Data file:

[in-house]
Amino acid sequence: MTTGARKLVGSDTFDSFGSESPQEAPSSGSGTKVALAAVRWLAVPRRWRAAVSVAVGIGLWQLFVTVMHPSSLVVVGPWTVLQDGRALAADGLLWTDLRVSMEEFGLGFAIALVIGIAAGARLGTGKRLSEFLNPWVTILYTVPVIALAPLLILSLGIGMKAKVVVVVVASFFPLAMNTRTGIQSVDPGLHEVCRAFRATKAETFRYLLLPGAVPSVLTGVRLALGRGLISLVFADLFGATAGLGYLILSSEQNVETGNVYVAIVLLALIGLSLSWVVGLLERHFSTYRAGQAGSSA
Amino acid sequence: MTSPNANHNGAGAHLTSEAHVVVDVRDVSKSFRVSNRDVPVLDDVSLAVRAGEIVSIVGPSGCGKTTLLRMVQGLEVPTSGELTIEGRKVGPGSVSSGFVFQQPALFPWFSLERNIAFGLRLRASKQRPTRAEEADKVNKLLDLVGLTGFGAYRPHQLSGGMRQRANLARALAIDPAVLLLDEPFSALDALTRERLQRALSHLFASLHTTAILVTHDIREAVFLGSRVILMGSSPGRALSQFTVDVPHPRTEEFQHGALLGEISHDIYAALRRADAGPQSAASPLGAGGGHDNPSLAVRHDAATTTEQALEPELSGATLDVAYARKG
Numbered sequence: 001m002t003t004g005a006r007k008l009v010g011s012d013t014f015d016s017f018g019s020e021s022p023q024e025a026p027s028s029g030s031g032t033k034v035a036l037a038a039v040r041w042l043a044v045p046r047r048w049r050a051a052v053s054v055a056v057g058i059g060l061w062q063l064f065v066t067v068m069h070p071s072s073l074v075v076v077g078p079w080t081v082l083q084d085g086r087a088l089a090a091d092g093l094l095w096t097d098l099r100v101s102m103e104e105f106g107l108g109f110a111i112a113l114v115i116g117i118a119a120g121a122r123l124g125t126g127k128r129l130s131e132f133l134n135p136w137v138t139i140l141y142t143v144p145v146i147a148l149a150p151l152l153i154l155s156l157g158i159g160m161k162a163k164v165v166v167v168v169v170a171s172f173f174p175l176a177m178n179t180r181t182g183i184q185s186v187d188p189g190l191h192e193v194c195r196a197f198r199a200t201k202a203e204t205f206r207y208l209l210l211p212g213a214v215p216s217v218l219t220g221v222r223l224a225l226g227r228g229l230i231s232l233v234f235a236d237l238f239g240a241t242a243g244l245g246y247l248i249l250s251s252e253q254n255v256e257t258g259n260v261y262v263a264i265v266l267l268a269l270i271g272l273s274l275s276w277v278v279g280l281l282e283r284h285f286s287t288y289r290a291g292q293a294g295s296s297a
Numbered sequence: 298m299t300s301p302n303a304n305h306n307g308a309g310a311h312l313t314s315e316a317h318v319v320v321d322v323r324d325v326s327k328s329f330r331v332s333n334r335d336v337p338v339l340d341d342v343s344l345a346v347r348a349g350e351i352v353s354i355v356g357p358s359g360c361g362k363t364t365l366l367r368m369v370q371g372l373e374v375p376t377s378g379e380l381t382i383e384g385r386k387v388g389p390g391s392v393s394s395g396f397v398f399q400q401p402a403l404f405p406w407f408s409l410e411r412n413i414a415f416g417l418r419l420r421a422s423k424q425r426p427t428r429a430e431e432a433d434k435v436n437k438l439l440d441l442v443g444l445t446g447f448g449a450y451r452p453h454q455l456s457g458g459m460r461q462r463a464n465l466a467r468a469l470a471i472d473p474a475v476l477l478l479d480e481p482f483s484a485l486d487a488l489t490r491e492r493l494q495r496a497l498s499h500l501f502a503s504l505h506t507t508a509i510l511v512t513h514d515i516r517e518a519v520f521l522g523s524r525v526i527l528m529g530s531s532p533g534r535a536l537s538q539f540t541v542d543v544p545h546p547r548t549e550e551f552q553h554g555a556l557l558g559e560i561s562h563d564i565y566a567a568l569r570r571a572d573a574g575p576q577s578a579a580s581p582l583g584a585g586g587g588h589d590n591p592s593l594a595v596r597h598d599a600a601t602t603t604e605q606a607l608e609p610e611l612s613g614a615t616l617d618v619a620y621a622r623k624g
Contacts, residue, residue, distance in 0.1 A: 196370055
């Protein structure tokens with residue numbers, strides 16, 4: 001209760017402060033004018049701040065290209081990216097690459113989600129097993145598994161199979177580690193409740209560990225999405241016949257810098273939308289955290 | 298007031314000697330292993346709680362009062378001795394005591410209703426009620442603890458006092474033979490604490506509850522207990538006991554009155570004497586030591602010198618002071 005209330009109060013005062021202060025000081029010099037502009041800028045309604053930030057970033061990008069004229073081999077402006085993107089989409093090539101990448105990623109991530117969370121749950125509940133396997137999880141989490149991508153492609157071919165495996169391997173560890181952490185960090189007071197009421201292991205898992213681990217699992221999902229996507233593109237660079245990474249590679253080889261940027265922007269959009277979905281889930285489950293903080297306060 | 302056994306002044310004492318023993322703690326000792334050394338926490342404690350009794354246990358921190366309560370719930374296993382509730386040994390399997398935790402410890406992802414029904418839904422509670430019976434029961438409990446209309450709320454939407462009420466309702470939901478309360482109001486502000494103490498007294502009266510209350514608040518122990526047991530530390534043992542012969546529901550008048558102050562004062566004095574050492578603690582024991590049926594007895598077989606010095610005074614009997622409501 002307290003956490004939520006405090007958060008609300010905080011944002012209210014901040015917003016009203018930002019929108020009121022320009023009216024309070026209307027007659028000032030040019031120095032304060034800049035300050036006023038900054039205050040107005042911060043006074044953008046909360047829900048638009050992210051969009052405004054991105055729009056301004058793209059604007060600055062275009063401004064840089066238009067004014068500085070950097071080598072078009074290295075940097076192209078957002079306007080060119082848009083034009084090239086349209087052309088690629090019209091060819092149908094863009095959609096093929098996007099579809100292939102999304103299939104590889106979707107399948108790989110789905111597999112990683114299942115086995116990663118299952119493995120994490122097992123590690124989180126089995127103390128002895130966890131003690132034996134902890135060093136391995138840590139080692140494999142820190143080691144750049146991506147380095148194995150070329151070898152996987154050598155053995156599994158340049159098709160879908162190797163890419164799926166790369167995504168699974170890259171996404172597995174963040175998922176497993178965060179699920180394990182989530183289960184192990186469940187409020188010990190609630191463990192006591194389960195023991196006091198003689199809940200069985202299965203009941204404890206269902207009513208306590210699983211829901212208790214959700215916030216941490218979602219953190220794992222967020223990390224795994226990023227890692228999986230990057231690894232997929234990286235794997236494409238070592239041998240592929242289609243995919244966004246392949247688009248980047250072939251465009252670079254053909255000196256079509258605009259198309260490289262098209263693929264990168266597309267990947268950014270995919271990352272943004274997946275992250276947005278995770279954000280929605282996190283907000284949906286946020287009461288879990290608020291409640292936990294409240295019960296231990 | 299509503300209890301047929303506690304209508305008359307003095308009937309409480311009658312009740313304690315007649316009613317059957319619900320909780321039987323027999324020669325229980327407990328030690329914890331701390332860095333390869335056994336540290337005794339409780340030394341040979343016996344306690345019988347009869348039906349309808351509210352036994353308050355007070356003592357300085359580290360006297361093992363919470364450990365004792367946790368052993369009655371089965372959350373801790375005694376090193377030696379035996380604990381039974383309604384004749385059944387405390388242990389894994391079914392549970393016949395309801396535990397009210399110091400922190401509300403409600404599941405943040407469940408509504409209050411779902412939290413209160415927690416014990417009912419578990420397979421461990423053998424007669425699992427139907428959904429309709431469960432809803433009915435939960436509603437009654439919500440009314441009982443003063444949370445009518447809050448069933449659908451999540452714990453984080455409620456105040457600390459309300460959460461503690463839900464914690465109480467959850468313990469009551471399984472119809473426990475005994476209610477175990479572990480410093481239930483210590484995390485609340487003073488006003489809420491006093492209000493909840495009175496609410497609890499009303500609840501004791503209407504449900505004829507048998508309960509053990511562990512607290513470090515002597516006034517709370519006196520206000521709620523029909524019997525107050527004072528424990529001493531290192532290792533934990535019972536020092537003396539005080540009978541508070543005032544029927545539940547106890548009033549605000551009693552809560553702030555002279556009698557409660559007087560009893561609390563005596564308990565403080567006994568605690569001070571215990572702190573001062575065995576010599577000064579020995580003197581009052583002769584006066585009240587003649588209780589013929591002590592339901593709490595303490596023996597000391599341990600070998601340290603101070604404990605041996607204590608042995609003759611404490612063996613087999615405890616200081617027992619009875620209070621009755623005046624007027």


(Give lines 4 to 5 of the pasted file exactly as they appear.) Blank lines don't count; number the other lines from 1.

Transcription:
Numbered sequence: 001m002t003t004g005a006r007k008l009v010g011s012d013t014f015d016s017f018g019s020e021s022p023q024e025a026p027s028s029g030s031g032t033k034v035a036l037a038a039v040r041w042l043a044v045p046r047r048w049r050a051a052v053s054v055a056v057g058i059g060l061w062q063l064f065v066t067v068m069h070p071s072s073l074v075v076v077g078p079w080t081v082l083q084d085g086r087a088l089a090a091d092g093l094l095w096t097d098l099r100v101s102m103e104e105f106g107l108g109f110a111i112a113l114v115i116g117i118a119a120g121a122r123l124g125t126g127k128r129l130s131e132f133l134n135p136w137v138t139i140l141y142t143v144p145v146i147a148l149a150p151l152l153i154l155s156l157g158i159g160m161k162a163k164v165v166v167v168v169v170a171s172f173f174p175l176a177m178n179t180r181t182g183i184q185s186v187d188p189g190l191h192e193v194c195r196a197f198r199a200t201k202a203e204t205f206r207y208l209l210l211p212g213a214v215p216s217v218l219t220g221v222r223l224a225l226g227r228g229l230i231s232l233v234f235a236d237l238f239g240a241t242a243g244l245g246y247l248i249l250s251s252e253q254n255v256e257t258g259n260v261y262v263a264i265v266l267l268a269l270i271g272l273s274l275s276w277v278v279g280l281l282e283r284h285f286s287t288y289r290a291g292q293a294g295s296s297a
Numbered sequence: 298m299t300s301p302n303a304n305h306n307g308a309g310a311h312l313t314s315e316a317h318v319v320v321d322v323r324d325v326s327k328s329f330r331v332s333n334r335d336v337p338v339l340d341d342v343s344l345a346v347r348a349g350e351i352v353s354i355v356g357p358s359g360c361g362k363t364t365l366l367r368m369v370q371g372l373e374v375p376t377s378g379e380l381t382i383e384g385r386k387v388g389p390g391s392v393s394s395g396f397v398f399q400q401p402a403l404f405p406w407f408s409l410e411r412n413i414a415f416g417l418r419l420r421a422s423k424q425r426p427t428r429a430e431e432a433d434k435v436n437k438l439l440d441l442v443g444l445t446g447f448g449a450y451r452p453h454q455l456s457g458g459m460r461q462r463a464n465l466a467r468a469l470a471i472d473p474a475v476l477l478l479d480e481p482f483s484a485l486d487a488l489t490r491e492r493l494q495r496a497l498s499h500l501f502a503s504l505h506t507t508a509i510l511v512t513h514d515i516r517e518a519v520f521l522g523s524r525v526i527l528m529g530s531s532p533g534r535a536l537s538q539f540t541v542d543v544p545h546p547r548t549e550e551f552q553h554g555a556l557l558g559e560i561s562h563d564i565y566a567a568l569r570r571a572d573a574g575p576q577s578a579a580s581p582l583g584a585g586g587g588h589d590n591p592s593l594a595v596r597h598d599a600a601t602t603t604e605q606a607l608e609p610e611l612s613g614a615t616l617d618v619a620y621a622r623k624g